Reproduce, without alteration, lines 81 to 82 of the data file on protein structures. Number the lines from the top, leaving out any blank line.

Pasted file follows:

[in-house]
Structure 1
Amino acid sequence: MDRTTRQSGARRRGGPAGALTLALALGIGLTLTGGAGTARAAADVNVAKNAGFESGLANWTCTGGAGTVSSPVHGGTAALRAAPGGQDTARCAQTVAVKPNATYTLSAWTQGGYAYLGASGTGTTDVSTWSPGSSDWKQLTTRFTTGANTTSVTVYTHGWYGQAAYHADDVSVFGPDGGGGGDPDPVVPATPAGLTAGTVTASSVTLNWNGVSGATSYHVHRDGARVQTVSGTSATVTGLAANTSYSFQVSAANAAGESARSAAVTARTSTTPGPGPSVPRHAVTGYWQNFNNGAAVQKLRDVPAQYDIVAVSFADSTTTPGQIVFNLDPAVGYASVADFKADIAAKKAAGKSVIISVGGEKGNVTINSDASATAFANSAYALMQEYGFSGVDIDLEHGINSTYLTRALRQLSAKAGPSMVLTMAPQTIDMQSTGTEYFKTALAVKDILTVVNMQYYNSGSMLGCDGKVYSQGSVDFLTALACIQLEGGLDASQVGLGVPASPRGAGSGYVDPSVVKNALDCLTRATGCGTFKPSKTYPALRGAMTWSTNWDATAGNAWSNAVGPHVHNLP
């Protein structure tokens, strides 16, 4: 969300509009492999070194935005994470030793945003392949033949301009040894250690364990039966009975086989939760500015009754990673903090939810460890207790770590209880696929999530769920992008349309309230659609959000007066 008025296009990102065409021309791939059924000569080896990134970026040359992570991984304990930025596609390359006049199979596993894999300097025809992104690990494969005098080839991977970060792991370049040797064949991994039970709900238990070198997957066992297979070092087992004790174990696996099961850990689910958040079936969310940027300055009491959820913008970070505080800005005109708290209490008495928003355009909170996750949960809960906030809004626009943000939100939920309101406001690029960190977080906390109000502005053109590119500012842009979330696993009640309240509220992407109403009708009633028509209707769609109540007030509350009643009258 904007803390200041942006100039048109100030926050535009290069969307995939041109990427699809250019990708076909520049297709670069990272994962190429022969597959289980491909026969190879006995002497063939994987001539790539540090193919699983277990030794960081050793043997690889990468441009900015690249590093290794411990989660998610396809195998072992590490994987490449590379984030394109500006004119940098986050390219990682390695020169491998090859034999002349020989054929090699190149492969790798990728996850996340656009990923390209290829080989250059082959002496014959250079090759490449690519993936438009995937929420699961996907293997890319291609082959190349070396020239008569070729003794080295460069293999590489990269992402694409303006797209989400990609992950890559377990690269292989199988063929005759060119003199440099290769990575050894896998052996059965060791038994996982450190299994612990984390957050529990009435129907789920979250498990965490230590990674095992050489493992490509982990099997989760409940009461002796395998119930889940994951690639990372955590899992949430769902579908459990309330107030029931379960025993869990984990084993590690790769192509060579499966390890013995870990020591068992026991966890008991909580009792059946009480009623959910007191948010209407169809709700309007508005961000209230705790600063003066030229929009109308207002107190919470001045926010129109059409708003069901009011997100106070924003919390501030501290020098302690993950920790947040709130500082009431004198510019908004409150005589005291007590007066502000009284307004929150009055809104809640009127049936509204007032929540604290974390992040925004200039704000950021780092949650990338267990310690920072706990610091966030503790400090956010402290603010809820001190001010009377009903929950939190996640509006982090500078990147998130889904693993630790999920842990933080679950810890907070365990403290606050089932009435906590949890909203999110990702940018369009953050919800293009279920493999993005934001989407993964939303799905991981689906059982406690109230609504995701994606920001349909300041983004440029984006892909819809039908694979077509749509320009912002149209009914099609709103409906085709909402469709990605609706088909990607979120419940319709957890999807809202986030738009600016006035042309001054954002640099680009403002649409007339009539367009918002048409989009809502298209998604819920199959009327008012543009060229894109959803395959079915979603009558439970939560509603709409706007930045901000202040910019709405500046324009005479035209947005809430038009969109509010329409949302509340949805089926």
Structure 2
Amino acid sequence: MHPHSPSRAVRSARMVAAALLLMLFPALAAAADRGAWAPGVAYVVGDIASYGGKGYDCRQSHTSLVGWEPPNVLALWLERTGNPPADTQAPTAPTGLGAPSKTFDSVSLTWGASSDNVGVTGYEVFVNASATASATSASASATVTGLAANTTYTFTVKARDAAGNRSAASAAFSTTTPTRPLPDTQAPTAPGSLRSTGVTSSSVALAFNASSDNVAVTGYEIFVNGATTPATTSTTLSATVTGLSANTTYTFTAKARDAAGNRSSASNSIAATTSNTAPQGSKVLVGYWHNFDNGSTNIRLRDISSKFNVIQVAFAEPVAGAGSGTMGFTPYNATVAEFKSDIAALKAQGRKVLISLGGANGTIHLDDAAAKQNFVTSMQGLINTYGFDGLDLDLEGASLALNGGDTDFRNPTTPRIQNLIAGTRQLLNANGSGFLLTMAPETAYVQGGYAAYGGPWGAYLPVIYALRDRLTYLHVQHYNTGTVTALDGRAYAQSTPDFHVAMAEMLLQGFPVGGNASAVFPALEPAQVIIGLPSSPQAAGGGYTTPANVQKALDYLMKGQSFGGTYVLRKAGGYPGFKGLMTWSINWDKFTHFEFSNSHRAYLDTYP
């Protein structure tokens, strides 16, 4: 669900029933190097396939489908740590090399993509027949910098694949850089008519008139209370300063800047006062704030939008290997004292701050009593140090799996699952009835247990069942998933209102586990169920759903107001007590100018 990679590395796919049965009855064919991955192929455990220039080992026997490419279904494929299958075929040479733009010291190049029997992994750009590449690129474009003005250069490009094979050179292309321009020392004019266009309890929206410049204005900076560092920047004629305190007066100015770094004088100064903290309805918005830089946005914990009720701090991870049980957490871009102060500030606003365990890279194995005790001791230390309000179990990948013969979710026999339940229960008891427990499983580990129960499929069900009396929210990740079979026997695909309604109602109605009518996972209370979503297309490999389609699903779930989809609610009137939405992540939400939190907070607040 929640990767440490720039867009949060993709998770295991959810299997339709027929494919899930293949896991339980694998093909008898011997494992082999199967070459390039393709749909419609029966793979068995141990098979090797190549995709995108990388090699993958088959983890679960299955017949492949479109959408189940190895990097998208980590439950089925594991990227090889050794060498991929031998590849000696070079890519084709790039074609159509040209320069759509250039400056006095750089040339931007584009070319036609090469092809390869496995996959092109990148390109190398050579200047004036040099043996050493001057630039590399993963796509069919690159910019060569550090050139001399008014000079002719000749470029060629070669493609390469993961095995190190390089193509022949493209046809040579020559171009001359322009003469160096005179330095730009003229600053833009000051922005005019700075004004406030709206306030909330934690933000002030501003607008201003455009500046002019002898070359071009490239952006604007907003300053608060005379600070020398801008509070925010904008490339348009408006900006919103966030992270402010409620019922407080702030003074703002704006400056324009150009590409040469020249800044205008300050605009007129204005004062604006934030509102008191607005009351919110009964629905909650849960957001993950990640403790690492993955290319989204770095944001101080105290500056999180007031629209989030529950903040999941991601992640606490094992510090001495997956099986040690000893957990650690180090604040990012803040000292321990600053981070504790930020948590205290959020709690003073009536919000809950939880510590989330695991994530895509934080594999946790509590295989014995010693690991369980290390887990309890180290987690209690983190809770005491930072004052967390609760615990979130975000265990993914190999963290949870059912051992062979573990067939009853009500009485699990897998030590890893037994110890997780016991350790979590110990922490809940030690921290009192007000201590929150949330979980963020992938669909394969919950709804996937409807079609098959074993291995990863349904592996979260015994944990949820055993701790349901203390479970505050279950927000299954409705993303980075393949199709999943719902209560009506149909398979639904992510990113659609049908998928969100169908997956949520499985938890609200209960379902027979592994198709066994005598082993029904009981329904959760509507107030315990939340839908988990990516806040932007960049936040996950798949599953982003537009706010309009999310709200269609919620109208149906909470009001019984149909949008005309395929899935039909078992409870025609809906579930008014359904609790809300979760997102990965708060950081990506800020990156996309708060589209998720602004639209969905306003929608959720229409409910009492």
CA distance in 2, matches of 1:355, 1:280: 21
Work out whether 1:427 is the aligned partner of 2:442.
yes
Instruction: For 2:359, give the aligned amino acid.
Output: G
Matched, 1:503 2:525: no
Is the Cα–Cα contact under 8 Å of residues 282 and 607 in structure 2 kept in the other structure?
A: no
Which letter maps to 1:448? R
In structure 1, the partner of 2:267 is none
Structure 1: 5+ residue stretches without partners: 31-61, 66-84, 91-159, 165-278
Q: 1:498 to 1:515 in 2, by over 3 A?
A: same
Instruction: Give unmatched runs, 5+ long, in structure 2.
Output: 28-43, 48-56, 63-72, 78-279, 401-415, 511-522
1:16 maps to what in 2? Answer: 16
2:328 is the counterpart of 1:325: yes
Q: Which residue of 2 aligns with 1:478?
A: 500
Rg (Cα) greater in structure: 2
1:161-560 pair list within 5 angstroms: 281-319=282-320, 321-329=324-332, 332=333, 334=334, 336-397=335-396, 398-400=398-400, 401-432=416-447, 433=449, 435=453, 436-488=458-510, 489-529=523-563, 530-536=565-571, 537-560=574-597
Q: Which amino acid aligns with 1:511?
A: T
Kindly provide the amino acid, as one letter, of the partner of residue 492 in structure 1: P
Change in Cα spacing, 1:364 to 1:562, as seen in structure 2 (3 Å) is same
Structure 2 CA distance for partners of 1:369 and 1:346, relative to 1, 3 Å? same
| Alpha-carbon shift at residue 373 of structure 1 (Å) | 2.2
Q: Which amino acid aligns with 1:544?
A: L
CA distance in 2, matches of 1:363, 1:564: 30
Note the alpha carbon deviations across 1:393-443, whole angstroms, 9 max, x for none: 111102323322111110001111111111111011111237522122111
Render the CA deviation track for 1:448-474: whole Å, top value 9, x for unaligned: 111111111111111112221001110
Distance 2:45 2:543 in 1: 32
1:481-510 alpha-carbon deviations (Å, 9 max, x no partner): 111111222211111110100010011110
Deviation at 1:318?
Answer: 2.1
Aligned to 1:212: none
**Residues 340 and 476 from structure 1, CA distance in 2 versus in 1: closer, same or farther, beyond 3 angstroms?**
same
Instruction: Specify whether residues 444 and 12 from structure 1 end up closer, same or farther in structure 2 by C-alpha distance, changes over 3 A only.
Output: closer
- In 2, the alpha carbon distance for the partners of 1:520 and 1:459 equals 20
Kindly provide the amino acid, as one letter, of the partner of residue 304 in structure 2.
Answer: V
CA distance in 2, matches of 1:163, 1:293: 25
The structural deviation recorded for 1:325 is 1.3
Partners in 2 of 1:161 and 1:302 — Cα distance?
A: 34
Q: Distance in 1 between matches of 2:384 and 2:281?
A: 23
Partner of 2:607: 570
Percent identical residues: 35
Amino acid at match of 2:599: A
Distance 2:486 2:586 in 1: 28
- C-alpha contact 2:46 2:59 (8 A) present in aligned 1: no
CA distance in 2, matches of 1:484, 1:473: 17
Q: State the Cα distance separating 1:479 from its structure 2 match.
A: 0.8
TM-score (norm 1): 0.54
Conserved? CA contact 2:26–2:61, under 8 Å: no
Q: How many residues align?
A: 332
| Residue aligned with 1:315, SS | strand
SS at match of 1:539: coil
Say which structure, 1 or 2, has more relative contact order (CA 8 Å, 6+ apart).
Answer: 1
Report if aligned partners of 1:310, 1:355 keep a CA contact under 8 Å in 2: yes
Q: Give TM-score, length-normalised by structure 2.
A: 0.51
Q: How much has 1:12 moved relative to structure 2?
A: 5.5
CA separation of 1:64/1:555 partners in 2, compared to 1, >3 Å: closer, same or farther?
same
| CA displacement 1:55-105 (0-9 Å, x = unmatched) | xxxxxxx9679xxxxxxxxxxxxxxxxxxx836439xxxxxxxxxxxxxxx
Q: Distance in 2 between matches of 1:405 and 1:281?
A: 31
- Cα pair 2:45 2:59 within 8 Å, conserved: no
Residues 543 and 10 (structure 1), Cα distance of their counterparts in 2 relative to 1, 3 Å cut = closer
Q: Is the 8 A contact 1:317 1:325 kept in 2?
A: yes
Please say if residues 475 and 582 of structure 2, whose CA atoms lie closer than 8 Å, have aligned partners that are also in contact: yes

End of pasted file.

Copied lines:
| CA displacement 1:55-105 (0-9 Å, x = unmatched) | xxxxxxx9679xxxxxxxxxxxxxxxxxxx836439xxxxxxxxxxxxxxx
Q: Distance in 2 between matches of 1:405 and 1:281?